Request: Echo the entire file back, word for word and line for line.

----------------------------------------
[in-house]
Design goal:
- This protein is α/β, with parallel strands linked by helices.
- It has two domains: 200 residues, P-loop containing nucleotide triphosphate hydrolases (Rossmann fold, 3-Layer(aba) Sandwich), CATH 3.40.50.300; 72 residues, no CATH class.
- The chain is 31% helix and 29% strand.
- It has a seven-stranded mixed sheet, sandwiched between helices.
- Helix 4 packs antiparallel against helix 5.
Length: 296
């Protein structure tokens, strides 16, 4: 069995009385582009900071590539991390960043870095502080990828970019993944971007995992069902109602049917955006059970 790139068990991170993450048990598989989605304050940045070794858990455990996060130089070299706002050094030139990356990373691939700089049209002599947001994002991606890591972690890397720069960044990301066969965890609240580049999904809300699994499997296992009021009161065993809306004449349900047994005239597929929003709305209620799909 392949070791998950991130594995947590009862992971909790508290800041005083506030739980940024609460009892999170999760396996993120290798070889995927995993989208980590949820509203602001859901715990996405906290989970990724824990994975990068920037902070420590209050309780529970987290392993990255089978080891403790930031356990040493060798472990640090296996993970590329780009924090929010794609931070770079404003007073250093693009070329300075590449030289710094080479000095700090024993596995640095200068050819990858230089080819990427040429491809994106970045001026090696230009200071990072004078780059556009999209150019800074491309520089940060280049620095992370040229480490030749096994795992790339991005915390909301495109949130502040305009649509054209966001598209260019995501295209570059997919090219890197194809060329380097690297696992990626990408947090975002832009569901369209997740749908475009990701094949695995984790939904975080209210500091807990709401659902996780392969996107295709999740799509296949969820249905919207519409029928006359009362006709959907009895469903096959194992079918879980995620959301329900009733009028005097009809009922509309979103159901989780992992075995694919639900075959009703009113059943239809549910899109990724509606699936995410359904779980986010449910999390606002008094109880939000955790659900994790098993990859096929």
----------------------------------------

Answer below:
[in-house]
Design goal:
- This protein is α/β, with parallel strands linked by helices.
- It has two domains: 200 residues, P-loop containing nucleotide triphosphate hydrolases (Rossmann fold, 3-Layer(aba) Sandwich), CATH 3.40.50.300; 72 residues, no CATH class.
- The chain is 31% helix and 29% strand.
- It has a seven-stranded mixed sheet, sandwiched between helices.
- Helix 4 packs antiparallel against helix 5.
Length: 296
């Protein structure tokens, strides 16, 4: 069995009385582009900071590539991390960043870095502080990828970019993944971007995992069902109602049917955006059970 790139068990991170993450048990598989989605304050940045070794858990455990996060130089070299706002050094030139990356990373691939700089049209002599947001994002991606890591972690890397720069960044990301066969965890609240580049999904809300699994499997296992009021009161065993809306004449349900047994005239597929929003709305209620799909 392949070791998950991130594995947590009862992971909790508290800041005083506030739980940024609460009892999170999760396996993120290798070889995927995993989208980590949820509203602001859901715990996405906290989970990724824990994975990068920037902070420590209050309780529970987290392993990255089978080891403790930031356990040493060798472990640090296996993970590329780009924090929010794609931070770079404003007073250093693009070329300075590449030289710094080479000095700090024993596995640095200068050819990858230089080819990427040429491809994106970045001026090696230009200071990072004078780059556009999209150019800074491309520089940060280049620095992370040229480490030749096994795992790339991005915390909301495109949130502040305009649509054209966001598209260019995501295209570059997919090219890197194809060329380097690297696992990626990408947090975002832009569901369209997740749908475009990701094949695995984790939904975080209210500091807990709401659902996780392969996107295709999740799509296949969820249905919207519409029928006359009362006709959907009895469903096959194992079918879980995620959301329900009733009028005097009809009922509309979103159901989780992992075995694919639900075959009703009113059943239809549910899109990724509606699936995410359904779980986010449910999390606002008094109880939000955790659900994790098993990859096929």